The present disclosure provides a sensing element having a case with a magnet positioned within the case. A spring assembly including an electrically conductive member is coupled to a coil assembly, the coil assembly and magnet being moveable with respect to one another via the spring assembly. A capacitor plate is disposed proximate the electrically conductive member and separated therefrom by a distance, the distance being variable by respective movement of the magnet and the coil assembly, the capacitor plate and electrically conductive member being each adapted for electrical connection to a sensing circuit for sensing an electrical capacitance formed by the capacitor plate and the electrically conductive member, the electrical capacitance being useful in estimating a position of the coil assembly with respect to the magnet.

In another aspect, all or a portion of the coil assembly is electrically coupled to the electrically conductive member for increasing an effective surface area of the electrically conductive member.

Another aspect provides an extended capacity plate electrically coupled to the electrically conductive member for increasing an effective surface area of the electrically conductive member.

Another aspect includes a pair of stationary capacitor plates with a moveable capacitor plate positioned between the stationary plates.

In another aspect, a housing top endplate includes a first stationary capacitor plate and a bottom housing endplate includes a second stationary capacitor plate. Respective top and bottom spring assemblies form moving electrodes.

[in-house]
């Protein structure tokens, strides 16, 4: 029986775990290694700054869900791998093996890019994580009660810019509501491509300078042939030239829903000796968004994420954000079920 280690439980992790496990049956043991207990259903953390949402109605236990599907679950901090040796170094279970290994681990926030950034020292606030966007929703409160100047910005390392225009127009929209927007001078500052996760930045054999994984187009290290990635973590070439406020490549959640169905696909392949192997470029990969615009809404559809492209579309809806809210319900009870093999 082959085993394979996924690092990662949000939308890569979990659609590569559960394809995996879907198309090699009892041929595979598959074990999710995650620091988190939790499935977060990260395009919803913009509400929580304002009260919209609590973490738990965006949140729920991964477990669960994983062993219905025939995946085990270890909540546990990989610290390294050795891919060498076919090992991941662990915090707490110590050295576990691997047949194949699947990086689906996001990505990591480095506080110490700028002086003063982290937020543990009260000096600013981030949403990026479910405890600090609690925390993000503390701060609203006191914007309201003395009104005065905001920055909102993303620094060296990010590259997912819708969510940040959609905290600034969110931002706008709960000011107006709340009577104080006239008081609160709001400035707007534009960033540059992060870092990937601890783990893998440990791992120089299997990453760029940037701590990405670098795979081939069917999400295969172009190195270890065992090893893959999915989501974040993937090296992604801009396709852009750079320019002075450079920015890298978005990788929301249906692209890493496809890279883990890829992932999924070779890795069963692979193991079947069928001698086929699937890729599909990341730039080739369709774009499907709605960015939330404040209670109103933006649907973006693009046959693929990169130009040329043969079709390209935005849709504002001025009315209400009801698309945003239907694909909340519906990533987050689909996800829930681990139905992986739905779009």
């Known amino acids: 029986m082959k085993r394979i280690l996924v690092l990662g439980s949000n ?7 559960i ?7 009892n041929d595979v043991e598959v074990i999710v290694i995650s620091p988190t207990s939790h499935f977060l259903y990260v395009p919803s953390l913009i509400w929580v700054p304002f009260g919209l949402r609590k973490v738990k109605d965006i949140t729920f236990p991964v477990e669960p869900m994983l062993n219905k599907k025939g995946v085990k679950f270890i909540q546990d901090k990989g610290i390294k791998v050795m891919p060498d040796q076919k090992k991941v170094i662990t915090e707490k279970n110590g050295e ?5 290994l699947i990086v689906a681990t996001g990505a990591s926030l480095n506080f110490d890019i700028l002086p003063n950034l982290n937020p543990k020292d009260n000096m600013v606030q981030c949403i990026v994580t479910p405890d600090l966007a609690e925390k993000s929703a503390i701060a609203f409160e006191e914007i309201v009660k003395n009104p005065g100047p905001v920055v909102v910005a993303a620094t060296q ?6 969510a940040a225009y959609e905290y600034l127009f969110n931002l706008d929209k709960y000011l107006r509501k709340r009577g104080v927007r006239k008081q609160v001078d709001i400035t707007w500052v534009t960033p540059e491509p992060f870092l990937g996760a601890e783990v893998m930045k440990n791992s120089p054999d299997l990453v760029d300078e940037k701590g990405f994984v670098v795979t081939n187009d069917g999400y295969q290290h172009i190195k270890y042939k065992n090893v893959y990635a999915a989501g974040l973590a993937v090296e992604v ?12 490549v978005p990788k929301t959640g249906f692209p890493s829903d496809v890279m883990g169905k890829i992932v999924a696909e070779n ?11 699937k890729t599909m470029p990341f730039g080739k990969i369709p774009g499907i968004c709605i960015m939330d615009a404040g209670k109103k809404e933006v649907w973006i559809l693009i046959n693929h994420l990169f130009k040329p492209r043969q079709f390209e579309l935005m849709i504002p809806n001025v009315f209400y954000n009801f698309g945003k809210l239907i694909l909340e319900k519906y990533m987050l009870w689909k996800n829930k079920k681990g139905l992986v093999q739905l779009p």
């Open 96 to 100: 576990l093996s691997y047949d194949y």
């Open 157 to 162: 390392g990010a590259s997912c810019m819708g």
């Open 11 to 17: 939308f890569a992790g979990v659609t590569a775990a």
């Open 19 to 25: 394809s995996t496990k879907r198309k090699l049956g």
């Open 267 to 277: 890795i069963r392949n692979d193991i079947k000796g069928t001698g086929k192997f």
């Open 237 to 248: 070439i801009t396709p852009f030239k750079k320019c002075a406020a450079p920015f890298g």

A method disclosed provides estimating a position of a sensing element inertial mass by sensing a capacitance formed by a capacitor plate and a spring assembly electrically conductive member. The method may further include sensing a first variable capacitance and a second variable capacitance. The first variable capacitance may be formed by a first capacitor plate and a side of a single moveable plate, while the second variable capacitance is formed by a second capacitor plate and a bottom side of the single moveable plate. The first variable capacitance may be formed by a first capacitor plate positioned on a top housing endplate and an electrically conductive portion of a top spring, while the second variable capacitance is formed by a second capacitor plate positioned on a housing bottom endplate and a bottom spring.

In another aspect, a variable capacitor may be formed by capacitor ring plates that move with respect to one another to vary an overlapping area between the plates. One plate may be disposed on a coil assembly, while a second plate may be formed on either or both of an inner surface of a case or an outer surface of a magnet pole piece.

BRIEF DESCRIPTION OF THE DRAWINGS

For detailed understanding of the present disclosure, reference should be made to the following detailed description of the preferred embodiment, taken in conjunction with the accompanying drawings, in which like elements have been given like numerals and wherein:

FIG. 1 is a non-limiting example of a sensor spring, which may be used in several sensing element examples of the present disclosure;

FIG. 2 illustrates a typical coil-magnet geophone sensing element;

FIG. 3 illustrates one non-limiting example of a sensing element having a spring assembly that is used as a capacitor plate for estimating an inertial mass position;

FIG. 4 illustrates a non-limiting example of a sensing element having an extended capacity plate and a spring assembly that are used as a capacitor plate for estimating an inertial mass position;

FIG. 5 illustrates another non-limiting example of a sensing element wherein a top capacitor plate is positioned closer to a spring assembly used as a capacitor plate;

FIG. 6 illustrates a non-limiting example of a sensing element having two stationary capacitor plates positioned on opposite sides of a moving electrode;

FIG. 7 illustrates yet another non-limiting example of a sensing element having a first variable capacitor formed by a top end cap capacitor plate and a top spring assembly and a second variable capacitor formed by a bottom end cap capacitor plate and a bottom spring assembly;

FIG. 8 illustrates a non-limiting example of a cap electrode that may be used in the several illustrative sensing elements described in the present disclosure;